Andres Martinez Casares, the Reuters photographer who took the dramatic pictures of Haitian Senator Jean-Marie Ralph Féthière opening fire outside the country's parliament on Monday, told the BBC how he reacted to being caught up in the incident.
Senator Féthière opened fire as he left parliament in the capital, Port-au-Prince, later claiming he was defending himself from protesters.
Andres Martinez Casares with his camera. "I followed a group of opposition supporters who went to the [car park] of the Haitian Senate and parliament and I saw them shouting at Féthière, who got into the car. I moved to the side as I thought they could drive aggressively to leave," Martinez said.
"But some men went to the door and started shouting again, and then Féthière came out and pointed the gun in the air and fired some shots, and then [fired] to the ground."
"It was a matter of a few seconds, my pictures were taken in two or three [seconds]; there was just enough time to go from one side of the car to the other and frame some quick pictures."
Martinez put his ability to remain calm and take pictures down to experience.
"I don't think you are totally calm because you are alert, trying to be aware of the whole situation; there is a man shooting in the air, but there are also scared people running away that push you, and you don't know if there [is] anybody else willing to use a gun," he said.
"You are there, and there is an unusual event in front of you that might not last, you just try to get something in focus to be able to show it to the world."
Although he did not fear for his life, Martinez said he "was concerned that the situation could get worse".
Chery Dieu-Nalio, a photographer for the Associated Press, was hit in the face.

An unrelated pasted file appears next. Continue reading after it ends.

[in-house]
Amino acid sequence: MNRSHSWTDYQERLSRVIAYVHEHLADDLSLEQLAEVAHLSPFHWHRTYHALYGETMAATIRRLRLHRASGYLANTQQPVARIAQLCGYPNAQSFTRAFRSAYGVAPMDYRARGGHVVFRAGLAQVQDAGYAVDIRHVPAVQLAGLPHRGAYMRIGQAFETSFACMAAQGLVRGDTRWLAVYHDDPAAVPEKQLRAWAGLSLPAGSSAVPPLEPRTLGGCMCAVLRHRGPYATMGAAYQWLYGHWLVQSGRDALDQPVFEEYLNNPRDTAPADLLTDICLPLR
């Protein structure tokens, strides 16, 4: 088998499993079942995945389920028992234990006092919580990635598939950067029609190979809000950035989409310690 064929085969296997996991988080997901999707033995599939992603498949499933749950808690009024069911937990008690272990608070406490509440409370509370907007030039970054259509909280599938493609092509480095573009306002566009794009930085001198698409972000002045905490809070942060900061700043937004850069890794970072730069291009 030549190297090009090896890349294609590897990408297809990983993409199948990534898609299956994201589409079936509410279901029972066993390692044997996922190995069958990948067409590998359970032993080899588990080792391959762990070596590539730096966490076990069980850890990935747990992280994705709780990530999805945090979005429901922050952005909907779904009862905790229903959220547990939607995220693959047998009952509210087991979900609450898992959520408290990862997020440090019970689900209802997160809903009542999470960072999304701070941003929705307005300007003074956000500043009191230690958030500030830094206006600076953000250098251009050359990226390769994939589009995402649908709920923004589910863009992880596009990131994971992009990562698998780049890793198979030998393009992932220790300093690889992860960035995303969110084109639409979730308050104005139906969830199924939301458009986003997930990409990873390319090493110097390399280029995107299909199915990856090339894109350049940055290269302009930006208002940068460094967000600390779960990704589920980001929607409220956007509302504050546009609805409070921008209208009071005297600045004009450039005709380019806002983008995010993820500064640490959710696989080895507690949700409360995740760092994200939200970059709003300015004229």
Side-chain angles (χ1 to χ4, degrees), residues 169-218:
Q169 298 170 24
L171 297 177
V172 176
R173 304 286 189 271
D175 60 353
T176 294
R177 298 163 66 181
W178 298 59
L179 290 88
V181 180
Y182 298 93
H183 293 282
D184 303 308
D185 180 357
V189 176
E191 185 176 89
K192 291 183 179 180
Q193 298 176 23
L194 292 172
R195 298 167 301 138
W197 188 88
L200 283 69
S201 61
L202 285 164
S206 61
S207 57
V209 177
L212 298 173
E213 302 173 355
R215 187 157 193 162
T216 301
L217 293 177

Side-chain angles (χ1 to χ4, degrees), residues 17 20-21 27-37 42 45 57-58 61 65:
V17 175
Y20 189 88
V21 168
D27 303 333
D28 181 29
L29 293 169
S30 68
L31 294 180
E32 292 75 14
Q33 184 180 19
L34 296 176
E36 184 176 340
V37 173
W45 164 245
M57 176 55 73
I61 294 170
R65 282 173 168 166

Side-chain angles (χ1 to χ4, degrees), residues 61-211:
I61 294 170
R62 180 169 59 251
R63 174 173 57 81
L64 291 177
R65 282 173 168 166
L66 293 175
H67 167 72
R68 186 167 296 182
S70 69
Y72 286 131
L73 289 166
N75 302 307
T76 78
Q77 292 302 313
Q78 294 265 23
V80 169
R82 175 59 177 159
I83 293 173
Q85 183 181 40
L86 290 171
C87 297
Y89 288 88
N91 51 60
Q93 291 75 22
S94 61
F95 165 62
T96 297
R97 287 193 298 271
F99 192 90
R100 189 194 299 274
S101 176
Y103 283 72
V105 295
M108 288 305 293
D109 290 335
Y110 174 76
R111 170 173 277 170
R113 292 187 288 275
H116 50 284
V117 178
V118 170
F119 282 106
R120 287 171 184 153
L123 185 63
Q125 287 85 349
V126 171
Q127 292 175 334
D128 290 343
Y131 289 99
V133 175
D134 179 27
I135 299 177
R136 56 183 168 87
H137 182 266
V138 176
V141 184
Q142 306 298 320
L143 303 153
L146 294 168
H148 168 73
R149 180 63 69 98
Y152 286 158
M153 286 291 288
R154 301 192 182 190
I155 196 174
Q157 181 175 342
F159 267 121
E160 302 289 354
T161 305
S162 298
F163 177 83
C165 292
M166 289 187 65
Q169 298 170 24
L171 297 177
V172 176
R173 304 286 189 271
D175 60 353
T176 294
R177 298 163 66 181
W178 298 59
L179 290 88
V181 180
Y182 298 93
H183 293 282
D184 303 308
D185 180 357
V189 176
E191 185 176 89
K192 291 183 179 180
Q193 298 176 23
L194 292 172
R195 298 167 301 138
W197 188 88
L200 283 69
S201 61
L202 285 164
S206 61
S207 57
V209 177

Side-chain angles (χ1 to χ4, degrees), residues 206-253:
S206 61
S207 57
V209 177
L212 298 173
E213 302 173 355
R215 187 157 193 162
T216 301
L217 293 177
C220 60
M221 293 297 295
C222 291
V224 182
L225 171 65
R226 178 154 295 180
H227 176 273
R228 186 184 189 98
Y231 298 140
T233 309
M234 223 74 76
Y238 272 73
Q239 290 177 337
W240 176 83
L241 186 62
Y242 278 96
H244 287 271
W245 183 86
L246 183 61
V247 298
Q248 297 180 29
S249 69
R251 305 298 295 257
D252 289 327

"I've known Chery for a long time," Martinez said.
After the shooting, Dieu-Nalio "came calling me and pointing to his chin, so when I saw the blood I checked him and I stopped the bleeding with a bandage," Martinez said.
If you want to help, you have to keep yourself focused and in relative calm, otherwise you can't think clearly."
Later, Martinez said he went to the hospital to check on Dieu-Nalio.
"He was sent home after the doctors took care of him. He was resting and waiting to have the bullet removed. The doctors said that he was fine, and his condition wasn't life-threatening, so they sent him back home to be with his family."
Earlier, Martinez captured Senator Willot Joseph as he scuffled with opposition supporters upon arriving at the Congress building in Port-au-Prince.
"I've covered shootings before and have also photographed fights in official buildings, like in the National Assembly in Caracas in 2017 or recently in the Haitian parliament between lawmakers, but I never thought that I would see a politician using a gun like [Monday]."
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